Radar characteristics of precipitation features in the EPIC and TEPPS regions of the East Pacific

Robert Cifelli, S. W. Nesbitt, S. A. Rutledge, W. A. Petersen, S. Yuter

Research output: Contribution to journalArticle

Abstract

Ship-based radar data are used to compare the structure of precipitation features in two regions of the east Pacific where recent field campaigns were conducted: the East Pacific Investigation of Climate Processes in the Coupled Ocean-Atmosphere System (EPIC-2001; 10°N, 95°W) in September 2001 and the Tropical Eastern Pacific Process Study (TEPPS; 8°N, 125°W) in August 1997. Corresponding July-September 1998-2004 Tropical Rainfall Measuring Mission (TRMM) precipitation radar (PR) data are also used to provide context for the field campaign data. An objective technique is developed to identify precipitation features in the ship and TRMM PR data and to develop statistics on horizontal and vertical structure and precipitation characteristics. Precipitation features were segregated into mesoscale convective system (MCS) and sub-MCS categories, based on a contiguous area threshold of 1000 km2 (these features were required to have at least one convective pixel), as well as an "other" (NC) category. Comparison of the satellite and field campaign data showed that the two datasets were in good agreement for both regions with respect to MCS features. Specifically, both the satellite and ship radar data showed that approximately 80% of the rainfall volume in both regions was contributed by MCS features, similar to results from other observational datasets. EPIC and TEPPS MCSs had similar area distributions but EPIC MCSs tended to be more vertically developed and rain heavier than their TEPPS counterparts. In contrast to MCSs, smaller features (NCs and sub-MCSs) sampled by the ship radar in both regions showed important differences compared with the PR climatology. In the EPIC field campaign, a large number of small (<100 km2), shallow (radar echo tops below the melting level) NCs and sub-MCSs were sampled. A persistent dry layer above 800 mb during undisturbed periods in EPIC may have been responsible for the high occurrence of these features. Also, during the TEPPS campaign, sub-MCSs were larger and deeper with respect to the TRMM climatology, which may have been due to the higher than average SSTs during 1997-98 when TEPPS was conducted. Despite these differences, it was found that for sizes greater than about 100 km2, EPIC precipitation features had 30-dBZ echos at higher altitudes and also had higher rain rates than similar sized TEPPS features. These results suggest that ice processes play a more important role in rainfall production in EPIC compared with TEPPS.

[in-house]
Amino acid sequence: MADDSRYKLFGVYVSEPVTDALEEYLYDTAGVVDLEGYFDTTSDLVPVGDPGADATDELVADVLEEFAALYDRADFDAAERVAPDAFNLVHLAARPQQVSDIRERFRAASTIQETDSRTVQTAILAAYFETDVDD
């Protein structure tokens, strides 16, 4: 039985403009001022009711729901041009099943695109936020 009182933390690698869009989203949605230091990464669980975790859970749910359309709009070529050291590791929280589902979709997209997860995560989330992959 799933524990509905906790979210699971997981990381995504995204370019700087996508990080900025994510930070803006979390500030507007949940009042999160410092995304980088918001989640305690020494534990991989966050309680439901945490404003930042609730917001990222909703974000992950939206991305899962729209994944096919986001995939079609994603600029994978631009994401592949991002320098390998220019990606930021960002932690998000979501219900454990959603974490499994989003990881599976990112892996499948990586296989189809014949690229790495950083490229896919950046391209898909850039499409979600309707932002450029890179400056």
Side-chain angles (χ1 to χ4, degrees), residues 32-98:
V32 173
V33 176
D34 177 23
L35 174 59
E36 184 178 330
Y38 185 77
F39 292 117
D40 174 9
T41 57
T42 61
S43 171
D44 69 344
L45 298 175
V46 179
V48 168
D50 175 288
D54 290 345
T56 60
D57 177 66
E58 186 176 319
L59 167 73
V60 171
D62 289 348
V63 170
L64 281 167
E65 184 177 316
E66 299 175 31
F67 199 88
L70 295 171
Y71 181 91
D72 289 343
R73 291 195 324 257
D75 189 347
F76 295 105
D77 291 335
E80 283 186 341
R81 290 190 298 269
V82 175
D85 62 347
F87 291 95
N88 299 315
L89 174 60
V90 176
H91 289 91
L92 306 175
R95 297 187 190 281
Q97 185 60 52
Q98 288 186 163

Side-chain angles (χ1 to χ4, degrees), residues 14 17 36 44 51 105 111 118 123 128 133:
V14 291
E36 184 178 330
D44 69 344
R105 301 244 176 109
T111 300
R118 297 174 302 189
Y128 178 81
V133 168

Original languageEnglish (US)
Pages (from-to)1576-1595
Number of pages20
JournalMonthly Weather Review
Volume135
Issue number4
DOIs
StatePublished - Apr 1 2007
Externally publishedYes

ASJC Scopus subject areas

  • Atmospheric Science

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